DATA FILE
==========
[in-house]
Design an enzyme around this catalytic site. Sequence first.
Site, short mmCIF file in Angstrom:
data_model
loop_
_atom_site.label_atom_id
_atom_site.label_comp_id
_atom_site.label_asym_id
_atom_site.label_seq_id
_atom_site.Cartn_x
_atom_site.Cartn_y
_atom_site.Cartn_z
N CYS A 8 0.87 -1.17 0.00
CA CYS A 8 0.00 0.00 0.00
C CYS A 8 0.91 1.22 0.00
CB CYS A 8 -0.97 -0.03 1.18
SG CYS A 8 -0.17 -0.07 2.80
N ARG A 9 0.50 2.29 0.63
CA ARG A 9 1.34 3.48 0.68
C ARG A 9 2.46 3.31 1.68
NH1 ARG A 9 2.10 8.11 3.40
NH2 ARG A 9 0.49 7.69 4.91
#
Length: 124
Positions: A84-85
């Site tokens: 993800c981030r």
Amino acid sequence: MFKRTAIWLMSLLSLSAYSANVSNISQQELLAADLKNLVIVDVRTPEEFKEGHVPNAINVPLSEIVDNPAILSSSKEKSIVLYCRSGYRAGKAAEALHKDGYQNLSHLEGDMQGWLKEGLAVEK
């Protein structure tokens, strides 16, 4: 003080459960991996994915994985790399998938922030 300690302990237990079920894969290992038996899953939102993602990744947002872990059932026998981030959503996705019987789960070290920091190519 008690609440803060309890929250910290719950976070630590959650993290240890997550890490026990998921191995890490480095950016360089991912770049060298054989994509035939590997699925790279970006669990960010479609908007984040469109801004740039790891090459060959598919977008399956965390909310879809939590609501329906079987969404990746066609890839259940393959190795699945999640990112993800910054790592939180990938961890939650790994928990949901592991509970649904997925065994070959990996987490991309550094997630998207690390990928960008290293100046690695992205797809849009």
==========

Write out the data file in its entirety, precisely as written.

[in-house]
Design an enzyme around this catalytic site. Sequence first.
Site, short mmCIF file in Angstrom:
data_model
loop_
_atom_site.label_atom_id
_atom_site.label_comp_id
_atom_site.label_asym_id
_atom_site.label_seq_id
_atom_site.Cartn_x
_atom_site.Cartn_y
_atom_site.Cartn_z
N CYS A 8 0.87 -1.17 0.00
CA CYS A 8 0.00 0.00 0.00
C CYS A 8 0.91 1.22 0.00
CB CYS A 8 -0.97 -0.03 1.18
SG CYS A 8 -0.17 -0.07 2.80
N ARG A 9 0.50 2.29 0.63
CA ARG A 9 1.34 3.48 0.68
C ARG A 9 2.46 3.31 1.68
NH1 ARG A 9 2.10 8.11 3.40
NH2 ARG A 9 0.49 7.69 4.91
#
Length: 124
Positions: A84-85
């Site tokens: 993800c981030r």
Amino acid sequence: MFKRTAIWLMSLLSLSAYSANVSNISQQELLAADLKNLVIVDVRTPEEFKEGHVPNAINVPLSEIVDNPAILSSSKEKSIVLYCRSGYRAGKAAEALHKDGYQNLSHLEGDMQGWLKEGLAVEK
């Protein structure tokens, strides 16, 4: 003080459960991996994915994985790399998938922030 300690302990237990079920894969290992038996899953939102993602990744947002872990059932026998981030959503996705019987789960070290920091190519 008690609440803060309890929250910290719950976070630590959650993290240890997550890490026990998921191995890490480095950016360089991912770049060298054989994509035939590997699925790279970006669990960010479609908007984040469109801004740039790891090459060959598919977008399956965390909310879809939590609501329906079987969404990746066609890839259940393959190795699945999640990112993800910054790592939180990938961890939650790994928990949901592991509970649904997925065994070959990996987490991309550094997630998207690390990928960008290293100046690695992205797809849009």